There are so many possible lives you could be living, it’s incredible. You couldn’t even imagine them all. All the wondrous and diverse ways you could exist! You’re aware of your own path, and the bundle of paths that deviate from yours by maybe 5-10% along any given metric. That’s such a tiny fraction of the ways you could exist! Is it so strange to imagine that maybe, just maybe, you’re unhappy because the fundamental joys of your heart aren’t found in the one tiny corner of existence you defaulted into?

If you’re only a little bit off, maybe a little therapy, a little yoga, and a little Xanax would be great for you. If you’re on the absolute brink of total collapse, maybe you don’t need a vast and arduous ladder built entirely of support programs, forced hobbies, group therapy, and a cocktail of drugs. Maybe you need to join the circus.

I don’t know for sure. But I think that there is a magical place for you, a place where your joy comes more naturally. Maybe you don’t need to force yourself to fit in the place you are.

Ticking Ticking

I’ve been thinking a lot about how we use time lately. Maybe my ever-increasing age has something to do with it, but I keep revisiting thoughts about “time as a resource.” It’s non-renewable. Ultimately finite. Easily wasted. Tremendously valuable. So I think it’s worth thinking about, at least!

And of course, to make it more complicated, you don’t even know how much you have.

Some advice about time seems to be pretty universal, and yet people ignore it all the time. “Spend more time with your family and less time at work” is a truism that everyone has heard and probably few people disagree with, but people keep doing exactly the opposite. To my mind, that means the advice is incomplete. Good advice that you can’t act on isn’t good advice.

The fact is, “productive activity” is what keeps you alive. It’s what pays your bills and gives you a sense of purpose. If I were to spend twenty-four hours a day, seven days a week with my kids, here’s what would happen:

  1. I would absolutely smother my children. They need alone time too, to develop and grow. We need to have a healthy relationship, not constant hovering.
  2. I would obviously not make any money, which would make it really hard to keep a roof over our heads and food in our stomachs.
  3. I would lose a lot of the very experiences that fuel my competency as a parent.

That last one is important. Part of my job as a father is “experience scout” for my kids. I need to live life in order to bring back lessons for my children; if I have a dull life with no experiences then I’m ill-equipped to provide wisdom and insight for my intellectually curious and adventurous brood.

This brings me to another truism about time: “Time you enjoy wasting is not wasted time.” I think that one’s a lot more true but still incomplete. You can enjoy wasting time by shooting heroin into your veins and passing out all day, but that was almost certainly wasted time. Some uses for time truly are bad on almost any measure of “bad.” But it’s a good reminder that when you go, “Ugh, I had a lot to do today but I ended up just goofing off with my family & friends,” you maybe shouldn’t be too upset.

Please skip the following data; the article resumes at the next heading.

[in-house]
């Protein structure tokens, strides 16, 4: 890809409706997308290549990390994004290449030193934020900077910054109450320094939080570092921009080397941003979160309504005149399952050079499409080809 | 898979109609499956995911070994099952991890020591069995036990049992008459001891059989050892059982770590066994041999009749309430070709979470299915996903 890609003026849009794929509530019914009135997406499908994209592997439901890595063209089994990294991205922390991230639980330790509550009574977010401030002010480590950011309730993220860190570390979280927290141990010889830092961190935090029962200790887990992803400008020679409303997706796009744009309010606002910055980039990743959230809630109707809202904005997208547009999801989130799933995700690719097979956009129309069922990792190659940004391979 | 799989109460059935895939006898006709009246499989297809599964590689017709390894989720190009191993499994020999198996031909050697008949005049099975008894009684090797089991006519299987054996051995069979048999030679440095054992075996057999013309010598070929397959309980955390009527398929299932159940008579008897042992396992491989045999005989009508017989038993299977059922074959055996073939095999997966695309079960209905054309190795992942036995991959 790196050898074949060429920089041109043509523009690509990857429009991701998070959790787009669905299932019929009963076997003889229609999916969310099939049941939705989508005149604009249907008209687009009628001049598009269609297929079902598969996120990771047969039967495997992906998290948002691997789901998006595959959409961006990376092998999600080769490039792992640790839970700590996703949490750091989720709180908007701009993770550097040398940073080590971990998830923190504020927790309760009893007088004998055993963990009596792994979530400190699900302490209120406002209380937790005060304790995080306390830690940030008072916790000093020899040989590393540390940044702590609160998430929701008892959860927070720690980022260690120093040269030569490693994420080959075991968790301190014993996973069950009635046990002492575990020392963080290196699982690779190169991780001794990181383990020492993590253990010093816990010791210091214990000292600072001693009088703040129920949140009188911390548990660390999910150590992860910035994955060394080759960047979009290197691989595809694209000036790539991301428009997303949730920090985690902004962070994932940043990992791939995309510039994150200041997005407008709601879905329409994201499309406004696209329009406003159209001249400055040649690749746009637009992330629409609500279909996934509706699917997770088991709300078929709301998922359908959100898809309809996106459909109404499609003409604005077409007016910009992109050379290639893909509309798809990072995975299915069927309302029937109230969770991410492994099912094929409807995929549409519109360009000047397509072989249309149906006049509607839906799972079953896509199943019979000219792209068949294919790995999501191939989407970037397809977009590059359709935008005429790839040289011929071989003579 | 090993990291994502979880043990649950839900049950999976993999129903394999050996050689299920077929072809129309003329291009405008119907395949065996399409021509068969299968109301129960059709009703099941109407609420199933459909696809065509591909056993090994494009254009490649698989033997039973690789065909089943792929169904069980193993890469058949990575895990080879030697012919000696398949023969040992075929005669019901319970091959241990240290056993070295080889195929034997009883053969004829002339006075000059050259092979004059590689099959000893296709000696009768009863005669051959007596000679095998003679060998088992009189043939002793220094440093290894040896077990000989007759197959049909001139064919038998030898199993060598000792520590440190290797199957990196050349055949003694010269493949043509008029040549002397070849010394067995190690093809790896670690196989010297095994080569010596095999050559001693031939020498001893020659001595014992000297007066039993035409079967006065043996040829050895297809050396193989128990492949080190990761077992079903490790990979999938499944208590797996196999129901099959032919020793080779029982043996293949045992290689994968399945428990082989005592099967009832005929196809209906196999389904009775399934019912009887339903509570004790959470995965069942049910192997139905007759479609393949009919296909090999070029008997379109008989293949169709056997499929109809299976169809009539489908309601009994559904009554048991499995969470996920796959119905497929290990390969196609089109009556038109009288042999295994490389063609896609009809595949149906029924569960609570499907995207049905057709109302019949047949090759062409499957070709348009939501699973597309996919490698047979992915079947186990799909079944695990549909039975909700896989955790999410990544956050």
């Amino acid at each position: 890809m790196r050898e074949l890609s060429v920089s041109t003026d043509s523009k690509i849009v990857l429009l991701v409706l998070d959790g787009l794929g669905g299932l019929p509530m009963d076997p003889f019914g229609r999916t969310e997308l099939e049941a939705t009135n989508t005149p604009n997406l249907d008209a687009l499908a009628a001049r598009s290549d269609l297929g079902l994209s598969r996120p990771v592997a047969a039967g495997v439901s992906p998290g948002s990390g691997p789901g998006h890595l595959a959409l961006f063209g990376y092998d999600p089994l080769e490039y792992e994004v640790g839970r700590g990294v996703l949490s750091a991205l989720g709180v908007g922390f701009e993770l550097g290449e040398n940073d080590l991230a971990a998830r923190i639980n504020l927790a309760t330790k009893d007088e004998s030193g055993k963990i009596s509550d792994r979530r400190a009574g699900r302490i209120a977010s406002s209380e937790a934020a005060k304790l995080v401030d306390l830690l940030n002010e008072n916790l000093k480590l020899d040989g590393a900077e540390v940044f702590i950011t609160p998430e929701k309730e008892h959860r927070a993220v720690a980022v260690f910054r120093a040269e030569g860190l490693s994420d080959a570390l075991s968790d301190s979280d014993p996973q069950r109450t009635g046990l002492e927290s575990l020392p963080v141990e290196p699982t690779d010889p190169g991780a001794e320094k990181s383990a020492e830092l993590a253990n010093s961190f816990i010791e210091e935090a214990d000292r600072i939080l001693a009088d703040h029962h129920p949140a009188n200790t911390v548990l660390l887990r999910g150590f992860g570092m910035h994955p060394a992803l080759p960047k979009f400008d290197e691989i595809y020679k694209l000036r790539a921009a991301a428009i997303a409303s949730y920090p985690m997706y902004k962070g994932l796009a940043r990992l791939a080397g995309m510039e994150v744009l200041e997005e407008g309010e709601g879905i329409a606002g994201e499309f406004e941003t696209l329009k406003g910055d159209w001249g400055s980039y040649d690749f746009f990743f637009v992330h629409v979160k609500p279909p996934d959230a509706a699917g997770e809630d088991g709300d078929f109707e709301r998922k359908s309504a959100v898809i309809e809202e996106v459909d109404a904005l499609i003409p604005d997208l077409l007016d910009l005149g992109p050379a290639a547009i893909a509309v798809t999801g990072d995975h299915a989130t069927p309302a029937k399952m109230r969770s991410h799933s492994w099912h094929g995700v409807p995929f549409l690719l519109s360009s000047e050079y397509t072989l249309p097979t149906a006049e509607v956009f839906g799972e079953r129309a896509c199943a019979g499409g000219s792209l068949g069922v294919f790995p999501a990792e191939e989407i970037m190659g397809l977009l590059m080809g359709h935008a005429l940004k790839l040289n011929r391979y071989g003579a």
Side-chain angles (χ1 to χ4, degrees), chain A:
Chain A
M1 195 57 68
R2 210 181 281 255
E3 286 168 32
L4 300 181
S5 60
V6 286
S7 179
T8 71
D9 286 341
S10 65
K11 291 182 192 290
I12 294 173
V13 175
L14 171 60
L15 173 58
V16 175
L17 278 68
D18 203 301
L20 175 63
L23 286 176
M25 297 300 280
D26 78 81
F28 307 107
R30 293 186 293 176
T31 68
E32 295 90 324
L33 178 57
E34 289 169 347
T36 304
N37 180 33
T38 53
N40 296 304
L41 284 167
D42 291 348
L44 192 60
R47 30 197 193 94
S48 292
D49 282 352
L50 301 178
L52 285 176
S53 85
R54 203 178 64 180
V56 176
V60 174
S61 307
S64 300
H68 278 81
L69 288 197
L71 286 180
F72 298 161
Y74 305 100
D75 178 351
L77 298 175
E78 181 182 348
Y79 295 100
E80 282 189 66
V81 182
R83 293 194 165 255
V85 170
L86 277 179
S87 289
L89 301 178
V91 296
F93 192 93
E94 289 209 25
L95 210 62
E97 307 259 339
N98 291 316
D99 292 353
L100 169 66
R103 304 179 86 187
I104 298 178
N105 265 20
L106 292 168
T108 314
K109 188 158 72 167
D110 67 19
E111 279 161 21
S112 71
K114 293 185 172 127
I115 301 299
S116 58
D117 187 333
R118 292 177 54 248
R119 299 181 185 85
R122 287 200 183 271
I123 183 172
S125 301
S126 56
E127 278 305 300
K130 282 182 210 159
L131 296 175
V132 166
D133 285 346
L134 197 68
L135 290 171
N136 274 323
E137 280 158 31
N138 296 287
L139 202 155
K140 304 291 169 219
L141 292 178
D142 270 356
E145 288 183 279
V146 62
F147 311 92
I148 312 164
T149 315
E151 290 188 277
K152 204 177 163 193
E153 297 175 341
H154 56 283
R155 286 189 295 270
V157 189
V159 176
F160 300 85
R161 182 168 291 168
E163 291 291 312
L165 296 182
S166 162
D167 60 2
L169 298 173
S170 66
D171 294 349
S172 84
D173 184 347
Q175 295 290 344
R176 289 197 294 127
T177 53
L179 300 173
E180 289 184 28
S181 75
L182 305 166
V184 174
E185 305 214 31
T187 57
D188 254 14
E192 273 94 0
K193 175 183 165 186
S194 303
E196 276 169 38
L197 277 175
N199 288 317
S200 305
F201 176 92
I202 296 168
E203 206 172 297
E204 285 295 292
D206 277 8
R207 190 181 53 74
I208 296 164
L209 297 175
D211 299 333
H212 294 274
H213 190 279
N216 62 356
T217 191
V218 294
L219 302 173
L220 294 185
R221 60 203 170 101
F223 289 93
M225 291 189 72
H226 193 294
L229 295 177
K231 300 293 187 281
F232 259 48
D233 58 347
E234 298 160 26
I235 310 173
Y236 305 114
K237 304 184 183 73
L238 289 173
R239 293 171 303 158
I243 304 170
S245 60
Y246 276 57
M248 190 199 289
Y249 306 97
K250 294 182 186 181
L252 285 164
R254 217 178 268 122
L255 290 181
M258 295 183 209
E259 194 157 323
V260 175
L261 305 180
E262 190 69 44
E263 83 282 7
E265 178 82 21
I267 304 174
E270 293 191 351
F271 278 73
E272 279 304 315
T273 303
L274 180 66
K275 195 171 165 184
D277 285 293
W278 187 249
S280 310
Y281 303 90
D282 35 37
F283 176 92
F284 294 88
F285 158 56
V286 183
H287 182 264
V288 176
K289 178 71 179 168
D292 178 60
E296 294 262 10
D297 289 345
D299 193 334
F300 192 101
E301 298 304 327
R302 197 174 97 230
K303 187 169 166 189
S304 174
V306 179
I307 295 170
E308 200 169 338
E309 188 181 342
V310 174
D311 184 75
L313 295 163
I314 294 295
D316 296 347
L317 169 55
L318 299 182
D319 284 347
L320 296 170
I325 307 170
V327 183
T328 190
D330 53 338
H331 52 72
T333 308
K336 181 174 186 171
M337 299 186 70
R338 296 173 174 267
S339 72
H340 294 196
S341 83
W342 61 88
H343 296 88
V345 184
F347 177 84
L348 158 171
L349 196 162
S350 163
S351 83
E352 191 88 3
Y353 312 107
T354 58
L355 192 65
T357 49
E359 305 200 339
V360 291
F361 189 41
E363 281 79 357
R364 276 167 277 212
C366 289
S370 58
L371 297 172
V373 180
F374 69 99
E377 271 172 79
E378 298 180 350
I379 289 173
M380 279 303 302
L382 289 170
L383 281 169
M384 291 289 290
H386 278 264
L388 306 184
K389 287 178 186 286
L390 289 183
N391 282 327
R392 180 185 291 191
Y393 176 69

If I can come to something of a more universal rule on time (at least for me), it’s this: “Tempus fugit, so be frugal.” Time flies, so be really discerning about what you spend any time at all on. Go work, be productive. But stay away from the kinds of professions that will demand so much of your time that it isn’t worth it. Have hobbies, but don’t become obsessed. And let yourself be taken often by the kinds of things that you’ll never regret spending time on, like loved ones, your own health, and the like. Good pushes away bad, and leaves no room for time-thieves.

Read, sing, walk, laugh. Work where work is healthy. Sleep more, if you can. Don’t live the kind of life where you need mindless distractions in order to get through the day. This is hard, of course. It’s the key to good living, so of course it’s hard.

But it’s worth spending time on.


The telltale signs of rushing – those rapid heartbeats, those frenetic movements of your limbs, the way your eyes will dart from focus point to focus point. You have a lot to do today! You need to hurry!

No, you need to do the exact opposite. Rushing doesn’t get you speed, it gets you mistakes. You can only achieve speed when you have a single task, a central focus. If you’re driving across the country, then an increase from 55 MPH to 65 MPH is a significant saving in your overall journey time. If you’re staying local and visiting 6 different stores for a bunch of errands today, then going from 35 MPH to 45 MPH won’t gain you anything but an increased risk of an accident. You aren’t on any one road long enough for the increase to matter, and any tiny gains you make will be lost at a single red light or long line in a store.

Things take as long as they take, plus any mistakes you make. The trick isn’t to rush; it’s not to skid.

The Twenty-Dollar Jerk

When I was maybe 17 or so, several of my friends and I were working on a project, building something in my backyard. We needed more supplies, so I gave $20 to one of my friends so he could go and buy them. Instead, he absconded with the money, never to return. I don’t know if he did something nefarious with his newfound wealth or if he simply didn’t respect us, but he was gone.

I was pretty steamed about it, and sought my dad out for advice, as I often did. He laughed and said, “Do you know how rich I’d be if I’d gotten rid of every scumbag in my life for only twenty dollars? What a bargain!” His point was this – some people are going to be scoundrels and will try to take advantage of you. Some will even succeed. If you can eliminate such people from your life on the cheap, then that’s a great deal. The alternative is that they stay longer, and either cause you a larger harm later or many smaller harms before they’re seen for what they are.